When did the first 'modern' human beings appear in the Iberian Peninsula?
Research carried out by a group of archaeologists from the Centre for Prehistoric Archaeological Heritage Studies of the Universitat Autňnoma de Barcelona (Spain) has contributed to stirring up scientific debate about the appearance of the first "modern" human beings on the Iberian Peninsula and their possible bearing on the extinction of the Neanderthals. The samples obtained at Cova Gran using Carbon 14 dating refer to a period of between 34,000 and 32,000 years in which this biological replacement in the Western Mediterranean can be located in time, although the study regards as relative the use of Carbon 14 for dating materials from the period of transition of the Middle to Upper Palaeolithic period (40,000 and 30,000). The results also support the hypothesis that there was neither interaction nor coexistence between the two species.
The work, published in the Journal of Human Evolution, was coordinated by Rafael Mora, Professor of Prehistory and Director of the CEPAP-UAB. Jorge Martínez-Moreno, a researcher at the CEPAP-UAB and Ignacio de la Torre, Lecturer Institute of Archaeology of University College, London also took part in the project.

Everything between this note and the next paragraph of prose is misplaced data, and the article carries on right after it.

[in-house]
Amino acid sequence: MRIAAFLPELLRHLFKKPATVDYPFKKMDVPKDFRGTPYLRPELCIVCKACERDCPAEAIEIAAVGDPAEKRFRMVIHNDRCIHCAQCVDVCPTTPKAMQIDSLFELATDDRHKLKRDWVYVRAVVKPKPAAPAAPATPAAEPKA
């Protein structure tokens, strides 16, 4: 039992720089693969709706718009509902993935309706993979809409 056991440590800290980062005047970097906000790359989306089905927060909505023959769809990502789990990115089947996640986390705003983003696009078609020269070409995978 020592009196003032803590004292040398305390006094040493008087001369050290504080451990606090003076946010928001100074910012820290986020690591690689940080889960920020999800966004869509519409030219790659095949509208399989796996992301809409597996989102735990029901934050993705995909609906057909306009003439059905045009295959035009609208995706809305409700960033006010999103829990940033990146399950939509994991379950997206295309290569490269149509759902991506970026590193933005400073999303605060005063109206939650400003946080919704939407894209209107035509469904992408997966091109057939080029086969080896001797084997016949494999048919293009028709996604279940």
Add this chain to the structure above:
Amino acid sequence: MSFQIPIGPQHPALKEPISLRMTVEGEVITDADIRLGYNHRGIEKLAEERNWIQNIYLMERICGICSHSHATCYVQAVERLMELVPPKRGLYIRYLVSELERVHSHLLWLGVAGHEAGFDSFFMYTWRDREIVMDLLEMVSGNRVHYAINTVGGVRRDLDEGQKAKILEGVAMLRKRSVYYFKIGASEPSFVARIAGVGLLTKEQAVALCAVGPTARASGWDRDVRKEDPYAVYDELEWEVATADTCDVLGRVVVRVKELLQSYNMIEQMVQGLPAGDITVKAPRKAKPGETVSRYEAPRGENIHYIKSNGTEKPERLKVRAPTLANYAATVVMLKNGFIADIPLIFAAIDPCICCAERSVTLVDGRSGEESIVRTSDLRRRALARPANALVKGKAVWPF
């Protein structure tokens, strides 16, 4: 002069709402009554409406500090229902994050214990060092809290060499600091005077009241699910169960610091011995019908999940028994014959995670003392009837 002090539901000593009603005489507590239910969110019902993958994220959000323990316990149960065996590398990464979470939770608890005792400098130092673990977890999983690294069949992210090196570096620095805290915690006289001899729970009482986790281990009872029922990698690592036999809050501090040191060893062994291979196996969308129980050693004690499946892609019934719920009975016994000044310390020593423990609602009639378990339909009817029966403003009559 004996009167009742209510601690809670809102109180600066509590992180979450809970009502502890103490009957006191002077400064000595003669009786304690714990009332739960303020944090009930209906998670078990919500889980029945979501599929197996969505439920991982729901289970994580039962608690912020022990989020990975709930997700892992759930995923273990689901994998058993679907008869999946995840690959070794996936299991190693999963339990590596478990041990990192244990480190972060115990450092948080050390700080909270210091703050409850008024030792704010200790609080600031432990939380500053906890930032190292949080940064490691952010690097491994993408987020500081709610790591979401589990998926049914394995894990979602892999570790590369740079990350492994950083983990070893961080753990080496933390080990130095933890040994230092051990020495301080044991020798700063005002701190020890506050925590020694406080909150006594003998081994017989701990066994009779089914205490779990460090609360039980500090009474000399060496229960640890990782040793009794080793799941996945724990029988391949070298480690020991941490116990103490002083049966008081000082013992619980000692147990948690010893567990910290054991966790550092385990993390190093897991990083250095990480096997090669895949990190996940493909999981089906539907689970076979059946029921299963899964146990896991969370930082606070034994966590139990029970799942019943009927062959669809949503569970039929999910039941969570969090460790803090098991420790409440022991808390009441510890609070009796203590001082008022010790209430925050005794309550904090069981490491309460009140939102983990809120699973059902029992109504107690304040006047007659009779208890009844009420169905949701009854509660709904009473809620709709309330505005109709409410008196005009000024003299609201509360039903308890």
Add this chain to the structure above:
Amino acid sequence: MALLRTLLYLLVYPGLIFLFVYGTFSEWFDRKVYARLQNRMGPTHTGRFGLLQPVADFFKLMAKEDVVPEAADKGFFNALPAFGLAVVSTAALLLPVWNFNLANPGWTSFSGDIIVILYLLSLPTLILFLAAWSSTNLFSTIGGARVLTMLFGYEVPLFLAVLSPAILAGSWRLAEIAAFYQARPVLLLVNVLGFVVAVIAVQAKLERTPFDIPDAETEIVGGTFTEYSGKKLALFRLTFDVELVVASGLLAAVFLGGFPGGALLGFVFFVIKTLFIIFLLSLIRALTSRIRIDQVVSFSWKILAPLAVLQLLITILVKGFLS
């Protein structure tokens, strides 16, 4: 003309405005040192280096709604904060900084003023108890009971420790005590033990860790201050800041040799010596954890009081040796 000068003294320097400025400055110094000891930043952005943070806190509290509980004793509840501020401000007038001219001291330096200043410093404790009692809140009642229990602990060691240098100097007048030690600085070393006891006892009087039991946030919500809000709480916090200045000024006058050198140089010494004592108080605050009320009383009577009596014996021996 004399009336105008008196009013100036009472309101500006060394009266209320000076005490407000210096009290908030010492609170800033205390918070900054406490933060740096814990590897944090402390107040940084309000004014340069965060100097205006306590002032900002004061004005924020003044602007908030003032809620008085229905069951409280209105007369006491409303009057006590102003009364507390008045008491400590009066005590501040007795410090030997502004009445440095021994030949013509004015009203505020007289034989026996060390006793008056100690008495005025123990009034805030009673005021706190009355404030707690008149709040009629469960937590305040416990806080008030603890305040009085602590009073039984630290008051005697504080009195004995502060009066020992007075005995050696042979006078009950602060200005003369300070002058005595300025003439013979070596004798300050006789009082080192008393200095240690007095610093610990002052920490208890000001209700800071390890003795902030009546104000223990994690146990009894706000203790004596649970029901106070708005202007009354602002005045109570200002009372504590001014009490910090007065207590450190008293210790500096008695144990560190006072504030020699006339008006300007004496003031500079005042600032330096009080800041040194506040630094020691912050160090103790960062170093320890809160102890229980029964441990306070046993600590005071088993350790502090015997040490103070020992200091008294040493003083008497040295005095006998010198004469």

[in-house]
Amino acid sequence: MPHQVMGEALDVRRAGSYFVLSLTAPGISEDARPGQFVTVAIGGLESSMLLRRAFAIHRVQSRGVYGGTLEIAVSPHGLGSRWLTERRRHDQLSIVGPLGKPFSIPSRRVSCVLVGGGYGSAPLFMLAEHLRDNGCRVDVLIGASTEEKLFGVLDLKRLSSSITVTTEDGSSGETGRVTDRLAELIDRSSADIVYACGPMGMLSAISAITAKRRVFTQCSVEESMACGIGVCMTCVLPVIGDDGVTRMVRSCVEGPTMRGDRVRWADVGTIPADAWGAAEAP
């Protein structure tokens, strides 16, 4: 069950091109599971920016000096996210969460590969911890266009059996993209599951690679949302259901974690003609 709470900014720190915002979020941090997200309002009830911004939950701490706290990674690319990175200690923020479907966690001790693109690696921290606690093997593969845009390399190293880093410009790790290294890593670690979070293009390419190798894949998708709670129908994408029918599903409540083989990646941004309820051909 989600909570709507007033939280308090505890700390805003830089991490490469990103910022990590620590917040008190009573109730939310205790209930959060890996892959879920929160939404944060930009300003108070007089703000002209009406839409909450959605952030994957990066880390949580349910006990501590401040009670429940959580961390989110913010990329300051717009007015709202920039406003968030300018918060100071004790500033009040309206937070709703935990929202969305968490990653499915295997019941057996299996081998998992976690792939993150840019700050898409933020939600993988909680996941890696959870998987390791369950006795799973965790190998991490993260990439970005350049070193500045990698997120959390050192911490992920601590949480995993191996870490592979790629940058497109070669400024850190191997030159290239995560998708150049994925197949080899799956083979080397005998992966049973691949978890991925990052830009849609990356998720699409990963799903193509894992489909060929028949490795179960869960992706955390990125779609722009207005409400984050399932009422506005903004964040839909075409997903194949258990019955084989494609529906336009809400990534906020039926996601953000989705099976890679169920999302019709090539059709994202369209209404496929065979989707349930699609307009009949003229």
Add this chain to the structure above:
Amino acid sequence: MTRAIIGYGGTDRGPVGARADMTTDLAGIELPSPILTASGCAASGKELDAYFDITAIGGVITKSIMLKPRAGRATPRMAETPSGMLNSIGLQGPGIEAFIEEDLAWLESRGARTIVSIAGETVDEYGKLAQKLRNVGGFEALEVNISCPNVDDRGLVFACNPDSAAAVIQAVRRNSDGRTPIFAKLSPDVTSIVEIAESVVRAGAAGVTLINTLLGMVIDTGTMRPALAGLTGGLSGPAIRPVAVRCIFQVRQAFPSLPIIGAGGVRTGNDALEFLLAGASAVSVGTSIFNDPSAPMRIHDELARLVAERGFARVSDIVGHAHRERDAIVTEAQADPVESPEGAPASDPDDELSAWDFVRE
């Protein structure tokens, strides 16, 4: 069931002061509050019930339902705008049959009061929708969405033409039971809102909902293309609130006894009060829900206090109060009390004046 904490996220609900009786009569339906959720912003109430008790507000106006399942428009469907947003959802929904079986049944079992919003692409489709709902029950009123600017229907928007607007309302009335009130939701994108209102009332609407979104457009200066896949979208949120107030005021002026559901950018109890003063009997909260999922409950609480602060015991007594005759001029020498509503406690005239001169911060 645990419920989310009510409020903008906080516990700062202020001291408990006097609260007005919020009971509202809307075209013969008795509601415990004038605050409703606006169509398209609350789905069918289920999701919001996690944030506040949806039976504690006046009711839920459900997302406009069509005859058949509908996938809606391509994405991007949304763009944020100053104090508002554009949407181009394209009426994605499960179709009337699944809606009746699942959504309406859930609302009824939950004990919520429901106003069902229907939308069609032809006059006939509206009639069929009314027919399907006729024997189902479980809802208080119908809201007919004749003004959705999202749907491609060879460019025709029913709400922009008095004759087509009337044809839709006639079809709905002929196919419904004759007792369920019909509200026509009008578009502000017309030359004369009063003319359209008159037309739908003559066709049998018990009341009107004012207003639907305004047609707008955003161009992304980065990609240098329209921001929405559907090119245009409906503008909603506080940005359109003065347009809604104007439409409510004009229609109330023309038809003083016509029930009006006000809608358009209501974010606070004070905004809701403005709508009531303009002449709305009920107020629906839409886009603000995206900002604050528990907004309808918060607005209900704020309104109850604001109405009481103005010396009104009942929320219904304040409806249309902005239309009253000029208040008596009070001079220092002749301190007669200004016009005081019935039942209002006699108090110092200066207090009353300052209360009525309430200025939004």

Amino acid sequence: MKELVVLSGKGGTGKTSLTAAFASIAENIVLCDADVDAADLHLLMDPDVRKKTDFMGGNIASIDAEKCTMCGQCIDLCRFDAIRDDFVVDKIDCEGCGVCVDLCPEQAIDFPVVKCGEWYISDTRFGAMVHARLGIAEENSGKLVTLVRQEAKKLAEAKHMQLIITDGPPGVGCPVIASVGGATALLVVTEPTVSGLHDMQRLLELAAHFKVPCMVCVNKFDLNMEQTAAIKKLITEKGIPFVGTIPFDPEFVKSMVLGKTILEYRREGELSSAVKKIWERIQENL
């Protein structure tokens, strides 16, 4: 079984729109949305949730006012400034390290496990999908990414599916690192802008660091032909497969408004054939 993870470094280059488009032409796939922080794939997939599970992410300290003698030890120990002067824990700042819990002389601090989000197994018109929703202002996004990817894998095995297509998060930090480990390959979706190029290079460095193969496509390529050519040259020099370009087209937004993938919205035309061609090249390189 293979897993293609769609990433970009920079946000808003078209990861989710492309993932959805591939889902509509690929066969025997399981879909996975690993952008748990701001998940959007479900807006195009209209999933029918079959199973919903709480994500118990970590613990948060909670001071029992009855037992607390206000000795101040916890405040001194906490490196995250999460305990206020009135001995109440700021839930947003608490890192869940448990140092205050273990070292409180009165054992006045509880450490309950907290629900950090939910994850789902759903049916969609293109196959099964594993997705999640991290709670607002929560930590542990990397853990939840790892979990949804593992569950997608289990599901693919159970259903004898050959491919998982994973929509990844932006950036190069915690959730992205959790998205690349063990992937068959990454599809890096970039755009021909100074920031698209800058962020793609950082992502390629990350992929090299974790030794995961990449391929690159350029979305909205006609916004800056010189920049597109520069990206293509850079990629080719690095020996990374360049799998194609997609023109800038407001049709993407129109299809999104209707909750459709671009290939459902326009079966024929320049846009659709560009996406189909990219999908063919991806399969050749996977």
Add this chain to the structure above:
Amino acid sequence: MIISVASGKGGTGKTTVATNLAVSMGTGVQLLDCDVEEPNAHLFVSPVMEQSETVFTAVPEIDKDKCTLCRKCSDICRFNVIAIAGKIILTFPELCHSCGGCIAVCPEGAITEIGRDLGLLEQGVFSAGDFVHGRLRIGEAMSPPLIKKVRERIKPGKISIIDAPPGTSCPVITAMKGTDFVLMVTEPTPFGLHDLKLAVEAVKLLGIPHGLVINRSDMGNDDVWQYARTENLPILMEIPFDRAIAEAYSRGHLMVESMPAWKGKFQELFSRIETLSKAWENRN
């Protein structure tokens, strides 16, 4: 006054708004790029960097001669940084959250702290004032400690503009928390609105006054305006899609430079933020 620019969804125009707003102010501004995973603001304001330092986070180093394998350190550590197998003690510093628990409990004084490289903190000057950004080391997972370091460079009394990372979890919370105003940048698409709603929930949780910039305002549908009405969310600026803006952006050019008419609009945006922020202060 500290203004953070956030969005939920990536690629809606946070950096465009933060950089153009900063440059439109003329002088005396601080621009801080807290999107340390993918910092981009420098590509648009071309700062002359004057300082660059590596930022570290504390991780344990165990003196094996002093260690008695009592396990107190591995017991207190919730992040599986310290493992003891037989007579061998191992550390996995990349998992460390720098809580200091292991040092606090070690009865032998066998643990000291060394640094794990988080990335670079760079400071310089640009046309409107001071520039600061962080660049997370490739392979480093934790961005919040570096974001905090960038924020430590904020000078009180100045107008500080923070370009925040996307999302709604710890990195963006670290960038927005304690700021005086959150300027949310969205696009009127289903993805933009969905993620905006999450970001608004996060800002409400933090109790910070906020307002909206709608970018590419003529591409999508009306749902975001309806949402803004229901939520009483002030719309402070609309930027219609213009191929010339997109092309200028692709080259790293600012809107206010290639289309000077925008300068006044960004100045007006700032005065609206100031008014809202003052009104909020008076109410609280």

Cova Gran is a large shelter discovered in 2002, located in the area of Les Avellanes-Santa Linya -La Noguera- and is one of the rare European archaeological sites to enable the study of what is known in Paleoanthropology as "transitions" or critical phases in which transformations and remodelling that are essential for reconstructing the history of our species can be detected.
The investigators from the UAB have worked on an area of 60 metres squared, excavating a large area which has enabled them to reconstruct the way in which the people who inhabited the shelter lived. This system of working is not usual in archaeology since excavations are generally restricted to smaller earth movements. They have been able to recover archaeological materials from the Middle Palaeolithic attributable to Homo neanderthalensis, and from the Upper Palaeolithic, which corresponds to Homo sapiens, separated by sterile strata of sediment which allows their differentiation.